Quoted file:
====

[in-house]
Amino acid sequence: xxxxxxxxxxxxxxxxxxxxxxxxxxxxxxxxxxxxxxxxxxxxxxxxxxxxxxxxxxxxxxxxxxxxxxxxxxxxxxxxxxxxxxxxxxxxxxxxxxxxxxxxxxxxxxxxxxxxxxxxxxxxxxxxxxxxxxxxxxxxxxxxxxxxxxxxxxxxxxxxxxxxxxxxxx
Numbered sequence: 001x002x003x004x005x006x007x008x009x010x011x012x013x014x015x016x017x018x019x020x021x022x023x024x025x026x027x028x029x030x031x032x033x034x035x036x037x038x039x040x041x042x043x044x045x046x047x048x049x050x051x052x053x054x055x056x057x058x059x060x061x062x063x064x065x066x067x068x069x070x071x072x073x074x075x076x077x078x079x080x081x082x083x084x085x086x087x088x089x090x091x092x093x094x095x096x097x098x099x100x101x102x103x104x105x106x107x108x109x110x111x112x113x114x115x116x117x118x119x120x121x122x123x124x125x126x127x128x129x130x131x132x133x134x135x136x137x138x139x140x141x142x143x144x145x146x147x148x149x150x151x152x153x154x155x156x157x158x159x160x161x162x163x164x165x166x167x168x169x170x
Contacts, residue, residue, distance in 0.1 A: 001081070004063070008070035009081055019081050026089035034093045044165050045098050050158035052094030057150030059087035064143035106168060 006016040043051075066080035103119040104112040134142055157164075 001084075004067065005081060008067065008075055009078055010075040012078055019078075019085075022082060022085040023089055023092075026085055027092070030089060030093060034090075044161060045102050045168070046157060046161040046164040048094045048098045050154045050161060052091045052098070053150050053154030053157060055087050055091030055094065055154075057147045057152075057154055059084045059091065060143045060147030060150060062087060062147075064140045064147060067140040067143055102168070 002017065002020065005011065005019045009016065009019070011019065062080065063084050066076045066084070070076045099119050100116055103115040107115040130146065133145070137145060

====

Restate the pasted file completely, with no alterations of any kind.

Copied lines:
[in-house]
Amino acid sequence: xxxxxxxxxxxxxxxxxxxxxxxxxxxxxxxxxxxxxxxxxxxxxxxxxxxxxxxxxxxxxxxxxxxxxxxxxxxxxxxxxxxxxxxxxxxxxxxxxxxxxxxxxxxxxxxxxxxxxxxxxxxxxxxxxxxxxxxxxxxxxxxxxxxxxxxxxxxxxxxxxxxxxxxxxx
Numbered sequence: 001x002x003x004x005x006x007x008x009x010x011x012x013x014x015x016x017x018x019x020x021x022x023x024x025x026x027x028x029x030x031x032x033x034x035x036x037x038x039x040x041x042x043x044x045x046x047x048x049x050x051x052x053x054x055x056x057x058x059x060x061x062x063x064x065x066x067x068x069x070x071x072x073x074x075x076x077x078x079x080x081x082x083x084x085x086x087x088x089x090x091x092x093x094x095x096x097x098x099x100x101x102x103x104x105x106x107x108x109x110x111x112x113x114x115x116x117x118x119x120x121x122x123x124x125x126x127x128x129x130x131x132x133x134x135x136x137x138x139x140x141x142x143x144x145x146x147x148x149x150x151x152x153x154x155x156x157x158x159x160x161x162x163x164x165x166x167x168x169x170x
Contacts, residue, residue, distance in 0.1 A: 001081070004063070008070035009081055019081050026089035034093045044165050045098050050158035052094030057150030059087035064143035106168060 006016040043051075066080035103119040104112040134142055157164075 001084075004067065005081060008067065008075055009078055010075040012078055019078075019085075022082060022085040023089055023092075026085055027092070030089060030093060034090075044161060045102050045168070046157060046161040046164040048094045048098045050154045050161060052091045052098070053150050053154030053157060055087050055091030055094065055154075057147045057152075057154055059084045059091065060143045060147030060150060062087060062147075064140045064147060067140040067143055102168070 002017065002020065005011065005019045009016065009019070011019065062080065063084050066076045066084070070076045099119050100116055103115040107115040130146065133145070137145060